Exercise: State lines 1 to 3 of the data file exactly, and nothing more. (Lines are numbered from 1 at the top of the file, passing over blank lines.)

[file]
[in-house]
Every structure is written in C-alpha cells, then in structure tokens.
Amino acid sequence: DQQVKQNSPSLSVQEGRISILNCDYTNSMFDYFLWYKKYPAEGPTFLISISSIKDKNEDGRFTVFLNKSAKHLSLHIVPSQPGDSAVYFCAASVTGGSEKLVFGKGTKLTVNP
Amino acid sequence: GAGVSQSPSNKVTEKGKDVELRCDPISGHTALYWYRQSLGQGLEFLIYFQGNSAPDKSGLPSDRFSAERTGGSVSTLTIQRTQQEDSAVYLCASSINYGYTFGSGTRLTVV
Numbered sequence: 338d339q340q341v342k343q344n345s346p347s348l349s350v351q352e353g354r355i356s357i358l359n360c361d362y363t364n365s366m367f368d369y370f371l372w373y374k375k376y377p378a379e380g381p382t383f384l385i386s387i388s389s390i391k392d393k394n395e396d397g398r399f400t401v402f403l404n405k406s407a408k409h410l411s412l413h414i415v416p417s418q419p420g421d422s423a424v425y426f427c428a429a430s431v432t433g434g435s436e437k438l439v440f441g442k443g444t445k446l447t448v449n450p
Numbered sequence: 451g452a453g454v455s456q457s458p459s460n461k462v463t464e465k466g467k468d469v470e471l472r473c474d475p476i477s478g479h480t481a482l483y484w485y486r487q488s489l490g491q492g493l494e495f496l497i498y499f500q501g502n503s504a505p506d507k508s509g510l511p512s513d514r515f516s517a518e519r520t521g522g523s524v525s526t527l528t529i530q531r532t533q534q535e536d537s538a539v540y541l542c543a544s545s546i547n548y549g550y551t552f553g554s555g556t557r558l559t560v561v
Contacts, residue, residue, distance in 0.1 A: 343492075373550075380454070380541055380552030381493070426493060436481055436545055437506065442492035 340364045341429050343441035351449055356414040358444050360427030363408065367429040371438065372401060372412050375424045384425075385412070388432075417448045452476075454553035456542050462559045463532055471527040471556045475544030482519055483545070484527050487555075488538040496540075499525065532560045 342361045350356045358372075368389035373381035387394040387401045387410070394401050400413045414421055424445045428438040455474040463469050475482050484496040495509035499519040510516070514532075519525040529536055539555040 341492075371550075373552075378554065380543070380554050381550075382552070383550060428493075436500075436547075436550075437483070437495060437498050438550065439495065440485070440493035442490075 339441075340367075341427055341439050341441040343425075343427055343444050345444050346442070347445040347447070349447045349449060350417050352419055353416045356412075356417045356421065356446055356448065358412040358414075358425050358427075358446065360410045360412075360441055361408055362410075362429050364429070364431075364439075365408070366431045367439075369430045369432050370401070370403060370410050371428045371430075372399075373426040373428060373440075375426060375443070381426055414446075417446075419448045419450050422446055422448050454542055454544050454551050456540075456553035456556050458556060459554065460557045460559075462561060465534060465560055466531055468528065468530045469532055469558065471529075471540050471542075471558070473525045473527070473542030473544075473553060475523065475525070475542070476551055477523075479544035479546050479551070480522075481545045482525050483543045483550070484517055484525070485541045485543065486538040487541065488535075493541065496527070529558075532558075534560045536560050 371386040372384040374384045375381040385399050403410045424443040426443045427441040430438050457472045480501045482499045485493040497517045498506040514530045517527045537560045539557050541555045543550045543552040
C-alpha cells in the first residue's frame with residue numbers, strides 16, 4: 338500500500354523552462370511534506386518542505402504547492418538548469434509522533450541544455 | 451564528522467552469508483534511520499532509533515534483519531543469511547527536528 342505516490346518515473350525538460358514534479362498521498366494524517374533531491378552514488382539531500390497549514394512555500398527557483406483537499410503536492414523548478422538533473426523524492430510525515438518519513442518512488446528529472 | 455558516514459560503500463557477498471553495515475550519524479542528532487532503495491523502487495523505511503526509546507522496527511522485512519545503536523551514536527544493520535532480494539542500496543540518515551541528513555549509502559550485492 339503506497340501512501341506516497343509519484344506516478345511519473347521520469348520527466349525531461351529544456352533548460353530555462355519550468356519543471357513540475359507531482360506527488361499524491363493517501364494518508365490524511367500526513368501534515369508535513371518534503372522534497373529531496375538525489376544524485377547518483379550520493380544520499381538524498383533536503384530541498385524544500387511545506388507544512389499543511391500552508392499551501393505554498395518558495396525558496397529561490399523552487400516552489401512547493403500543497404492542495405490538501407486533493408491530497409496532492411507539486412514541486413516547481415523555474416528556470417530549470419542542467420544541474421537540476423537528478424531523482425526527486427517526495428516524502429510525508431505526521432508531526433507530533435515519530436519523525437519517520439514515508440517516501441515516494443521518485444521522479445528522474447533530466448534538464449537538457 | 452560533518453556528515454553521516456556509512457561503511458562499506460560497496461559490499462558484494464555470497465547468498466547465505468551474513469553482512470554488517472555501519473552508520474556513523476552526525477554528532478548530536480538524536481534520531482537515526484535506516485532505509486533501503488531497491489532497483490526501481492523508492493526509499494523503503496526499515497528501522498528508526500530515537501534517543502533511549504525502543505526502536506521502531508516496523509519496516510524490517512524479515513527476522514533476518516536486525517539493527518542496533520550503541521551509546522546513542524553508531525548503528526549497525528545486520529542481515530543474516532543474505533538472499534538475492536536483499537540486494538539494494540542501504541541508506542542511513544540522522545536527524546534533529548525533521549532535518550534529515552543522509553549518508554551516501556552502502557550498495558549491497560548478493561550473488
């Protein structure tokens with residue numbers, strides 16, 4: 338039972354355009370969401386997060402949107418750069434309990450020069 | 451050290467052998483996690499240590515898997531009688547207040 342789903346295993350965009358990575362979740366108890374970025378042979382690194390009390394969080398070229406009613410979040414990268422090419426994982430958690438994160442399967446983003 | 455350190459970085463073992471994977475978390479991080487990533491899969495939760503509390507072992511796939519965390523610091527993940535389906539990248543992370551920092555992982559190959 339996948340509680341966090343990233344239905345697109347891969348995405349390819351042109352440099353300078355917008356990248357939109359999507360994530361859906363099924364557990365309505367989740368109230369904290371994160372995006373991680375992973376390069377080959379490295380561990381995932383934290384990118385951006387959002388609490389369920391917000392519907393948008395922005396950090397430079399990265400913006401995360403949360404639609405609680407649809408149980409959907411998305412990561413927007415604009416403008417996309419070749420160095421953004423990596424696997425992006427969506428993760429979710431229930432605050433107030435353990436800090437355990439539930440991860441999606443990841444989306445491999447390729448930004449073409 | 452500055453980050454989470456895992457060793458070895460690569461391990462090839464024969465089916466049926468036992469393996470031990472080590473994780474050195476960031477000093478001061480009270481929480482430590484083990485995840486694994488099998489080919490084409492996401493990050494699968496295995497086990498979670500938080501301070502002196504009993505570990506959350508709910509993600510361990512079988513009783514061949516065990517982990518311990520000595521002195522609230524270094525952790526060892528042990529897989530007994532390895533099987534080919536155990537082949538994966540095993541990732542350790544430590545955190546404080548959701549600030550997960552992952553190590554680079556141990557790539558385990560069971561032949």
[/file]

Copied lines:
[in-house]
Every structure is written in C-alpha cells, then in structure tokens.
Amino acid sequence: DQQVKQNSPSLSVQEGRISILNCDYTNSMFDYFLWYKKYPAEGPTFLISISSIKDKNEDGRFTVFLNKSAKHLSLHIVPSQPGDSAVYFCAASVTGGSEKLVFGKGTKLTVNP